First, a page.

Will the Penguins management, including GM Ron Hextall and President of Hockey Operations Brian Burke, let the team roll into the future with the current core, or is the time now to say goodbye?

Obviously, Letang’s performance will never be enough to satisfy the anti-Letang crowd in the fanbase who insist he incorrectly pinched throughout the Round One series (because he should have known Anthony Beauvillier would beat three Penguins defenders).

The questions of Letang’s future hang over him and the organization. He deflected a question if he “earned” the right to finish his career as a Penguins. As Letang admitted, “earned” is a tricky word.

“This is a business. It’s not up to me to decide those things. Like I said in the past, Geno and Sid want to finish as Penguins,” Letang siad. “We truly believe in ourselves and I think we have a lot to offer. Earned is a tricky word. I would say that’s what we want. But it’s not up to us.”

Brandon Tanev 

The Penguins crash and bang winger was a force when healthy. He also scored more points per game than at any time in his career. While Tanev finished with only 16 points (7-9-16), he played only 32 games for a .50 ppg.

Tanev, 29, primarily united with his shutdown line teammates Teddy Blueger and Zach Aston-Reese throughout the season, but that trio was the Penguins third line for a good bit of the season. And they all added more offense.

“The longer you play in the NHL, the more confidence you have. Being comfortable with Teddy and Zach, too, playing together for a second year, it made things a little bit easier,” Tanev said. “The goal for myself is to grow every year. To get better at something every year and to bring that to the team….”

The Penguins have something special with Tanev on that line. Whether it remains intact is another matter. Aston-Reese will be a restricted free agent. Blueger and Tanev could be protection casualties in the coming Seattle Kraken expansion draft.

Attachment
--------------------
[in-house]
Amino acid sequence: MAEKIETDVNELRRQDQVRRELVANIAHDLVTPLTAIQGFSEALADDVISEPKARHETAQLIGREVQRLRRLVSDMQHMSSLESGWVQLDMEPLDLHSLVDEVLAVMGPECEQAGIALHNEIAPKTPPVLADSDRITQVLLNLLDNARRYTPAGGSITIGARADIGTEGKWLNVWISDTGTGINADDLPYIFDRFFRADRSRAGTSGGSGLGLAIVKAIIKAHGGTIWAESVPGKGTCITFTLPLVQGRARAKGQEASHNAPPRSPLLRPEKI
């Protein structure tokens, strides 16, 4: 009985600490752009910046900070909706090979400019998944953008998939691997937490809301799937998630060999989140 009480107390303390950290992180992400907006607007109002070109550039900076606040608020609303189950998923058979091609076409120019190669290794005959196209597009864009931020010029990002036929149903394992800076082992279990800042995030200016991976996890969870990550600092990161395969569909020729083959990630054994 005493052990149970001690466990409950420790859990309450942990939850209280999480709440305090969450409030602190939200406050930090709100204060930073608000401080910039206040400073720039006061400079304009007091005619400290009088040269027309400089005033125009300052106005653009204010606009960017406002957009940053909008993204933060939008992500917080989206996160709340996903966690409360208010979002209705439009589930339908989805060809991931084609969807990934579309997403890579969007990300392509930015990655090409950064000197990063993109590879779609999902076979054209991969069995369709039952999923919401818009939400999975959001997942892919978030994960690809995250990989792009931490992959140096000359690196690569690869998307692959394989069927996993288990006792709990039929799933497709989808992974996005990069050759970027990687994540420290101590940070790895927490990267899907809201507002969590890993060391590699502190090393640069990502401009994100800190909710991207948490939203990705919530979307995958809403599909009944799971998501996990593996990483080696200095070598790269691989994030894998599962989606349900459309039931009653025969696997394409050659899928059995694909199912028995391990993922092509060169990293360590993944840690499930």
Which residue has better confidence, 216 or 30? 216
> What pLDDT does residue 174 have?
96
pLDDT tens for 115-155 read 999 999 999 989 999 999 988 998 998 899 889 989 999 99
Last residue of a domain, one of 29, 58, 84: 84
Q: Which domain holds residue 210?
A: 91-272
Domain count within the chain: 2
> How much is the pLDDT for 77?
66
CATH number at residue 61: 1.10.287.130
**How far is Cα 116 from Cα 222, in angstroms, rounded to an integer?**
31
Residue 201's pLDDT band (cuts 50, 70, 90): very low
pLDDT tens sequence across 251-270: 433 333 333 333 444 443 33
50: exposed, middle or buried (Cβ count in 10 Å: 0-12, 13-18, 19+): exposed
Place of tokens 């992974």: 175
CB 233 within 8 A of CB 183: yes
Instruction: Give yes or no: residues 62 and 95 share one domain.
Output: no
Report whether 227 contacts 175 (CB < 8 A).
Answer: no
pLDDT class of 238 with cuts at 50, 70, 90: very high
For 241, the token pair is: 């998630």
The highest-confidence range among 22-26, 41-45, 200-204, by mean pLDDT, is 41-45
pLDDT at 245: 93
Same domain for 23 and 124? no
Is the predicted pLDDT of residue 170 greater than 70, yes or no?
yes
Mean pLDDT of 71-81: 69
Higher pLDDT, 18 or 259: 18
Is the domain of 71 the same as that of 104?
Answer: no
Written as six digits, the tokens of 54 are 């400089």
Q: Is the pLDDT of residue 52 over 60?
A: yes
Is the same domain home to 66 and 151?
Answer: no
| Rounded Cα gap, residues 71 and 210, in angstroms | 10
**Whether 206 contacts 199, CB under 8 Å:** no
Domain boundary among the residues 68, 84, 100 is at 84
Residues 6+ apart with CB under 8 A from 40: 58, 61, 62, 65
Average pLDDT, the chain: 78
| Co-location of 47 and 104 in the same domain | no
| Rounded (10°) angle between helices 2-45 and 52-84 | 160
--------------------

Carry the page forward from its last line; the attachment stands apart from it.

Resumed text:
The sting of a first-round exist when the Pittsburgh Penguins genuinely believed (and correctly so) that they had a chance at something special. Because the Penguins have taken the first exit ramp in each of the last three seasons, there is some question about Mike Sullivan’s job security.

‘He does a great job for this group and has for many years…I see the work he puts in every day. Every day, he comes to the rink ready to work, excited, enthusiastic,” Tanev said of Sullivan. “He does a great job…that’s all you can say about Sully. He’s a great individual. An even better coach. We’re lucky to have him in Pittsburgh.”

The players were ready for the questions regarding the immediate future. Most put the decision on management and demurred any input.

“That’s management’s job. It’s not our job as players to worry about. I think our job is just to go out there and get ready to play and obviously now have a good offseason and come back ready, enthusiastic, excited for next season.”

 

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Pittsburgh Hockey Now Editor-in-Chief, formerly 93.7 The Fan, Sportsnet Hockey Tonight, NHL Home Ice. Catch Dan tweeting @theDanKingerski and the official @pghhockeynow account.